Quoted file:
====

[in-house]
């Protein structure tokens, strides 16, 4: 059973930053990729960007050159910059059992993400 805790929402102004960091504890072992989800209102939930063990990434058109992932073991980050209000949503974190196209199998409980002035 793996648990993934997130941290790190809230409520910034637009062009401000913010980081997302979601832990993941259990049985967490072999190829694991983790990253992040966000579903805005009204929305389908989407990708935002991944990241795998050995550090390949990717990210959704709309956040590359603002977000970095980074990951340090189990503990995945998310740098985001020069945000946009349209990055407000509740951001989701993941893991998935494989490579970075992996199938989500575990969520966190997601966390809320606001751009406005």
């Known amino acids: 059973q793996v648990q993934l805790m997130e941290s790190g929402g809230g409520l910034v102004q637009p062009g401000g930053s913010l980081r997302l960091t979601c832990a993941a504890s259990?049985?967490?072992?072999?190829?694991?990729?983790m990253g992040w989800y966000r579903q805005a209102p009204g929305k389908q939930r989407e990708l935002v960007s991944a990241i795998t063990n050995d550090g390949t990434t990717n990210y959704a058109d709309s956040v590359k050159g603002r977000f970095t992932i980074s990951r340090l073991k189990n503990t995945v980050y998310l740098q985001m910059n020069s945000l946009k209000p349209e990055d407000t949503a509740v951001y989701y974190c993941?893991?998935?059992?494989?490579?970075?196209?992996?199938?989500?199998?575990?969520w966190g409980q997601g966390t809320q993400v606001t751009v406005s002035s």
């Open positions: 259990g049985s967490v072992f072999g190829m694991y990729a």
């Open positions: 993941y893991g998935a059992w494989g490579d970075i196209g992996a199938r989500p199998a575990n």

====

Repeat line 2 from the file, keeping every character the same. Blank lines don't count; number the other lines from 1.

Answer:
């Protein structure tokens, strides 16, 4: 059973930053990729960007050159910059059992993400 805790929402102004960091504890072992989800209102939930063990990434058109992932073991980050209000949503974190196209199998409980002035 793996648990993934997130941290790190809230409520910034637009062009401000913010980081997302979601832990993941259990049985967490072999190829694991983790990253992040966000579903805005009204929305389908989407990708935002991944990241795998050995550090390949990717990210959704709309956040590359603002977000970095980074990951340090189990503990995945998310740098985001020069945000946009349209990055407000509740951001989701993941893991998935494989490579970075992996199938989500575990969520966190997601966390809320606001751009406005």